Chocolate Almond Custard

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Rich and Calvin requested a chocolate version of custard when I was testing batches of vanilla custard a few weeks ago. I was perfectly happy with the simple flavors of the vanilla recipe, but they wanted something with more complexity.

I started with the vanilla recipe as a stepping off point. I wanted to add chocolate, but I wasn’t sure what textural issues I would have if I used melted chocolate. When I adapted my vanilla ice cream recipe to make it chocolate, I used cocoa powder with great success. I figured custard wasn’t that different from ice cream, so I decided to go with cocoa powder. Then it was a simple matter of replacing some of the vanilla extract with almond and I had chocolate almond custard.

I wasn’t sure if the cocoa would affect the texture of the custard once it was baked. I was pleased that it didn’t – the custard was still creamy and velvety. It was sweet, without being too sweet, and rich with dark chocolate and almond. I opted not to sprinkle any spices on top to avoid adding any flavors that might compete with the chocolate and almond.

I seem to be on a roll lately, giving you recipes for desserts and then offering you a chocolate version later. I guess there’s nothing wrong with bringing a few more chocolate desserts to the world.

Download or print the recipe here.

Chocolate Almond Custard
From The Cook’s Life
Makes 4-6 servings

Use any kind of milk you have on hand – the richer the milk, the richer the custard. This is not a sweet dessert. You can increase the sugar to ½ cup if you like, with no other changes to the recipe. Or sprinkle sugar on top when serving for added sweetness and crunch.

2 cups milk
4 eggs
1 teaspoon vanilla extract
1 teaspoon almond extract
dash salt
⅓ cup sugar
¼ cup cocoa
sugar, for serving (optional)

Equipment:
Custard cups or ramekins
9 by 13 inch baking pan, or equivalent
boiling water for a water bath

Preheat oven to 350 degrees. Bring a large pot or teakettle of water to a boil and keep hot. Lightly grease 4-6 custard cups or small ramekins. I used 6 ounce custard cups and needed five of them. Place ramekins in a 9 by 13 inch baking pan or other pan large enough to hold them without crowding. Set aside, preferably near the oven.

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Heat milk in a 2-3 quart saucepan over medium heat until very hot. The milk will be steaming and there will be bubbles all around the edges when it is hot enough. Don’t let it boil. Stir occasionally at the beginning and more often as it gets hotter. It should take 5-7 minutes to get hot enough, depending on your stove and the size of your pan. The larger the pan, the faster the milk will heat (and the closer you need to watch it).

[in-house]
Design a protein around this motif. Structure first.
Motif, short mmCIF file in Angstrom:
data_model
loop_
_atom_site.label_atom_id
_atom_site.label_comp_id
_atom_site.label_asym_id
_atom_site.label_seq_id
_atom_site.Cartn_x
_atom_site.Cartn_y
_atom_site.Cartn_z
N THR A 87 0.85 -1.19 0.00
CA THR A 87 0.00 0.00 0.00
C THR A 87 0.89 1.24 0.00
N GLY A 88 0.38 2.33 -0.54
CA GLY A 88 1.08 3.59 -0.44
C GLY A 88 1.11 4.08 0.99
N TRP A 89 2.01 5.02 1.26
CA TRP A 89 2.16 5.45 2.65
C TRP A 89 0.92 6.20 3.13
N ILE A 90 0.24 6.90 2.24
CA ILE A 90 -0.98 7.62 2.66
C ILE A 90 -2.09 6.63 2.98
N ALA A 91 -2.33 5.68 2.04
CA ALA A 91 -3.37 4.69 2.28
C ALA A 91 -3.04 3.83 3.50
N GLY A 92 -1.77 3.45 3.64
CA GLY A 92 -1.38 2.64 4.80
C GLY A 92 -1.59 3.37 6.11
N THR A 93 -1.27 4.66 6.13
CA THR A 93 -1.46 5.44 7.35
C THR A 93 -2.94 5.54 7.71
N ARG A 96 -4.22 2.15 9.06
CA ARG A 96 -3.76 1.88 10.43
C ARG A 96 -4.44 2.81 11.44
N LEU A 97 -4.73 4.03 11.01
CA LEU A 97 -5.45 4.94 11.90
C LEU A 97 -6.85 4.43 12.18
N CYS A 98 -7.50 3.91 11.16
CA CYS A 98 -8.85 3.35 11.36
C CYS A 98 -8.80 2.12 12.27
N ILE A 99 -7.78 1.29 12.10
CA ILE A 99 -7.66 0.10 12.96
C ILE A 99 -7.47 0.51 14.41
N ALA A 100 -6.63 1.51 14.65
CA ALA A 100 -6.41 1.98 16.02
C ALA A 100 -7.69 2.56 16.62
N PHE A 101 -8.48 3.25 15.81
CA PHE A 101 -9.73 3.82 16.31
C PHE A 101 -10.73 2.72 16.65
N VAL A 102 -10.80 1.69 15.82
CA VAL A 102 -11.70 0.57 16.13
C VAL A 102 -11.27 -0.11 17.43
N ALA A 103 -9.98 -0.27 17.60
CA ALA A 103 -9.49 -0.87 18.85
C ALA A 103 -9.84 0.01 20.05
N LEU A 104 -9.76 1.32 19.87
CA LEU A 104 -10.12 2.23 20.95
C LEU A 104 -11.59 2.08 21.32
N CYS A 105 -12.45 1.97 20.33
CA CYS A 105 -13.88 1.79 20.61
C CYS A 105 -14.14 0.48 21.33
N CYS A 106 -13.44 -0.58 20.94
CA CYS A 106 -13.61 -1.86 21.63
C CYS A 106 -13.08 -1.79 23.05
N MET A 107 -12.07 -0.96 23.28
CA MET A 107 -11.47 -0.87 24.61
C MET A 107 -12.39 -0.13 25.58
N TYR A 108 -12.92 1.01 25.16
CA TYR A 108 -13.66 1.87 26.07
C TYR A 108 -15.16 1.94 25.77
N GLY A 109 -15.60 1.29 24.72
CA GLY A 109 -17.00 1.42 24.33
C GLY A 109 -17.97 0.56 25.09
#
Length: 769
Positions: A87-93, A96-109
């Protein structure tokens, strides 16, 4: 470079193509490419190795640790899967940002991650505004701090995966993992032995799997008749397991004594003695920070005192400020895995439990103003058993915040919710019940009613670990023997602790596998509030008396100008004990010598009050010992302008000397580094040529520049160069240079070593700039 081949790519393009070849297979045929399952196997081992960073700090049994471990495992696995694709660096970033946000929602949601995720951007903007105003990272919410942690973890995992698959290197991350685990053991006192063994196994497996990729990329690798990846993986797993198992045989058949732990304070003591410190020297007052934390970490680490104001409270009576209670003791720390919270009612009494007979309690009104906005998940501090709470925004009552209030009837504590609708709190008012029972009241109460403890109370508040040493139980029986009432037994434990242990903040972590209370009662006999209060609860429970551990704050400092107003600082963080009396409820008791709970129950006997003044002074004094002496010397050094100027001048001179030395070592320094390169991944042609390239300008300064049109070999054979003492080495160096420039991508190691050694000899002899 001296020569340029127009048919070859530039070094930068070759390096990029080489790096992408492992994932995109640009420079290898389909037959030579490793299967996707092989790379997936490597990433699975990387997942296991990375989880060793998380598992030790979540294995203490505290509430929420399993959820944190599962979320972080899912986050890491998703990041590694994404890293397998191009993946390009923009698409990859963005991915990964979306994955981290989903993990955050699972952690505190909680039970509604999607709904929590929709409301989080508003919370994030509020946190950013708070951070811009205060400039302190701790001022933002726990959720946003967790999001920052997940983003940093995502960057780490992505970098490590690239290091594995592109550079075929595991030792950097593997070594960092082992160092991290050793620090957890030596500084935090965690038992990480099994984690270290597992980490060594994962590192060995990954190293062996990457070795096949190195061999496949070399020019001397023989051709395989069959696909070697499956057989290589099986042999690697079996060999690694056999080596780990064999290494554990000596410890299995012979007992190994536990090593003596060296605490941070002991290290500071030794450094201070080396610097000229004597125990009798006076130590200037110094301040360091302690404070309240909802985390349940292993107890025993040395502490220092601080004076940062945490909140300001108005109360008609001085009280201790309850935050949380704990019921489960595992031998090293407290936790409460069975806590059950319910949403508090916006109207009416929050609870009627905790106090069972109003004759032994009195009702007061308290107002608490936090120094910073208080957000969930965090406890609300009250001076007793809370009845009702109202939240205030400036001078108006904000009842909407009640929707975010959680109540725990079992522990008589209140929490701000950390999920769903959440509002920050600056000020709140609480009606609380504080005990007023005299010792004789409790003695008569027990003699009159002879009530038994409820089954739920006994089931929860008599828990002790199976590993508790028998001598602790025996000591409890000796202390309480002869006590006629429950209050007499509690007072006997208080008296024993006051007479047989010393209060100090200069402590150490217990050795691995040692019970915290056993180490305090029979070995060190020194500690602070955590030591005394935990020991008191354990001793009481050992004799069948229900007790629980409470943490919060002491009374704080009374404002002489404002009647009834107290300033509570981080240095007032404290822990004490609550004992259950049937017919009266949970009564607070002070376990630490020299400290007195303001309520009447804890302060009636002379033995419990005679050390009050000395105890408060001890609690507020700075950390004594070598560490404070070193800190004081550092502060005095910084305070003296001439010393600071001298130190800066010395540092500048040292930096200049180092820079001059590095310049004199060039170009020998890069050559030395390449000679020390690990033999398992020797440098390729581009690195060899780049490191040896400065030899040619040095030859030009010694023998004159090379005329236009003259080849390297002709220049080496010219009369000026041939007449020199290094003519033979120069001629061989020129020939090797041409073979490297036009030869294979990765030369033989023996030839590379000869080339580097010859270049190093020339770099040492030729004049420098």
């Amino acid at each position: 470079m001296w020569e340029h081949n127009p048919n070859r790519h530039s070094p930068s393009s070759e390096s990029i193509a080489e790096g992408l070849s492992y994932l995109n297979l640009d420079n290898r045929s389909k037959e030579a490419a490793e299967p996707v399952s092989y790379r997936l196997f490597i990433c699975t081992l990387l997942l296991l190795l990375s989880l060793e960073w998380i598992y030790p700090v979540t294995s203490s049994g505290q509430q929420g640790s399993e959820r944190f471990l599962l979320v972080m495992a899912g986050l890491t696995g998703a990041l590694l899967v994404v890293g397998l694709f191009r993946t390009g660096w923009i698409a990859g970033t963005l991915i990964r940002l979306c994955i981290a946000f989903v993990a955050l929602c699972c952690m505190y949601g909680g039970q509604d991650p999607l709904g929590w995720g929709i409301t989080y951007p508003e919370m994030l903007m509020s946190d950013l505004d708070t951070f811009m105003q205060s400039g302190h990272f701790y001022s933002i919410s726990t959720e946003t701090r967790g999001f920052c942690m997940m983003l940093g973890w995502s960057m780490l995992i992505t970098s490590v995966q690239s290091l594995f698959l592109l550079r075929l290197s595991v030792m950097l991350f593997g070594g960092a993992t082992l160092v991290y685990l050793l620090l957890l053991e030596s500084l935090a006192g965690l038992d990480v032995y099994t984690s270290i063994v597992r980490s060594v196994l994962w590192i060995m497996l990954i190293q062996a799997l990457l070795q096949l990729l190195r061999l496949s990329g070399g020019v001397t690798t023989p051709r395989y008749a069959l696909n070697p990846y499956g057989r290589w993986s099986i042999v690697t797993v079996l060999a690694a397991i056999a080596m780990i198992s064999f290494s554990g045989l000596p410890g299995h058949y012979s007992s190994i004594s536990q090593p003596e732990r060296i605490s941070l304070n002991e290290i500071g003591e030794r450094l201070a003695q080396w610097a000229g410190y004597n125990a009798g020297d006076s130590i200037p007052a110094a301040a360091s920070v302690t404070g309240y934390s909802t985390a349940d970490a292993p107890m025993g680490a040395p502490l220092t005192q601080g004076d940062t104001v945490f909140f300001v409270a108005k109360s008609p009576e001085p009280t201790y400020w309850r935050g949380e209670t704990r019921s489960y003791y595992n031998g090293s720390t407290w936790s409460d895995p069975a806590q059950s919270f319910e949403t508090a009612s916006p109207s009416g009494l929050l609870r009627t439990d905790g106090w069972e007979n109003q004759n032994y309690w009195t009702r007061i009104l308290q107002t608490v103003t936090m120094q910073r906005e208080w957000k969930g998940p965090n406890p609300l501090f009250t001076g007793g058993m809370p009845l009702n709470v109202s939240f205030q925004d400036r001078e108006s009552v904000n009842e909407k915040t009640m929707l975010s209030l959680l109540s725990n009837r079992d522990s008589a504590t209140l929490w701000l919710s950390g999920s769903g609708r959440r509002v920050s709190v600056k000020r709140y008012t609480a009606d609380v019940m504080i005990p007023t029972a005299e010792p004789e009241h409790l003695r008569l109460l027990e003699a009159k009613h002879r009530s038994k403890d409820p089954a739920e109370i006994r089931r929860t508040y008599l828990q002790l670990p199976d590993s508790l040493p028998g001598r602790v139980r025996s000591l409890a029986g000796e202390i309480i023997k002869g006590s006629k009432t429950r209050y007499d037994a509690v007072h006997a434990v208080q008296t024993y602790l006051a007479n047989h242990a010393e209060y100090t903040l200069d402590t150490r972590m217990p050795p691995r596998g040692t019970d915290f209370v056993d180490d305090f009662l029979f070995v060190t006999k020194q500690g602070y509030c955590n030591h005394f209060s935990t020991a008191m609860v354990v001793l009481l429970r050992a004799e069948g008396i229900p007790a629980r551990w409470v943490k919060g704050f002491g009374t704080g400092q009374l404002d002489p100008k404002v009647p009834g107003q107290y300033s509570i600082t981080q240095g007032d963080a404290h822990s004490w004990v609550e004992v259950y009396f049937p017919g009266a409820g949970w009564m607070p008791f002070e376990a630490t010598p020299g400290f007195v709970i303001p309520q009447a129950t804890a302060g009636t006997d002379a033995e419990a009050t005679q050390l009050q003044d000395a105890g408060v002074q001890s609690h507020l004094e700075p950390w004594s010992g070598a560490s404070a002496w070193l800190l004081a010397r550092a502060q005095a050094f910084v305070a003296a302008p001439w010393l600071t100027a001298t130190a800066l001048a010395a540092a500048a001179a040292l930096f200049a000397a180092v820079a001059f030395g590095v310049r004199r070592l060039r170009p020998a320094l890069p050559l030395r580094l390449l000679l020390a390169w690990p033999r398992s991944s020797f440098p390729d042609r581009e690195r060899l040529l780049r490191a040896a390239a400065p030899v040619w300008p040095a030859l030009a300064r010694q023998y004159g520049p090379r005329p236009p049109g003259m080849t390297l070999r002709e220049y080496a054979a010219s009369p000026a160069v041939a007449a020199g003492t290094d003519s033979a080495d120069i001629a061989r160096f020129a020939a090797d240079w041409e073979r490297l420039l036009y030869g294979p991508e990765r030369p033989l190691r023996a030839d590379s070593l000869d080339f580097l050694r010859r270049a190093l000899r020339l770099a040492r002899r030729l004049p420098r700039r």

While milk heats, beat or whisk eggs, extracts and salt together in a large bowl. In a small bowl, stir cocoa and sugar together well mixed. Add cocoa mixture to egg mixture and beat until sugar is no longer gritty.

When milk is hot, beat it gradually into the egg mixture. Add the hot milk very slowly so you don’t scramble the eggs. When all the milk is mixed in, pour the custard into the prepared ramekins, filling them almost full.

Pour boiling water into the larger pan, trying to get the water to the same level as the custard in the cups. Carefully transfer the filled pan to the oven.

Bake custard 25-30 minutes, or until the centers barely jiggle when you move the pan. Remove the pan from the oven. Remove ramekins from the hot water and place on a rack to cool. When cool, cover and refrigerate. Let custards come to room temperature for a few minutes before serving. Store leftovers in the fridge for two or three days, covered.

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4 thoughts on “Chocolate Almond Custard

  1. Sarah,
    I like the vanilla/chocolate roll thing you’ve got going on here. Wish I was one of your taste testers–they are lucky!
    I’ll keep my eye out for ramekins at the thrift shop, as I don’t have anything small enough right now.
    Thanks!

    • Kristen, you can bake this in one big dish, as long as it fits in a larger pan for the water bath. You will have to adjust the baking time, but as long as the dish is shallow, it shouldn’t take too much more time. You’ll have to experiment. Or do what we did when we were on vacation and use coffee cups to bake the custard in.

      Thanks for your kind words on the vanilla/chocolate thing! It hasn’t been at all planned, but I go with what works! 🙂

  2. Sarah, I thought you guys might be interested in this…one of the posters to KAF’s FB page left the link…there’s a chocolate version, too!

    http://whiteonricecouple.com/recipes/magic-custard-cake/

    I’m a custard nut, too. Always have been…that was always the ‘dessert’ I would pick, when Mom treated us to lunch at Woolworth’s…lol! Any lunch counter, but Woolworth’s was the BEST. I have a set of vintage dinnerware, from a used restaurant supply, that has the custard cups. Love those things!

    Have fun…I’m gonna try this, later this week, I believe…having a friend visiting for a few days, and he has a MAJOR sweet tooth.

    Laura ;0)

    • Laura, thanks for the link! That does look interesting – nice contrast of textures. More recipes for the list of things to make soon.

      Let me know how you like the custard when you try it. It isn’t terribly sweet – you might want to serve sweeter cookies alongside, or use the white sugar on top, if you want a sweeter dessert.

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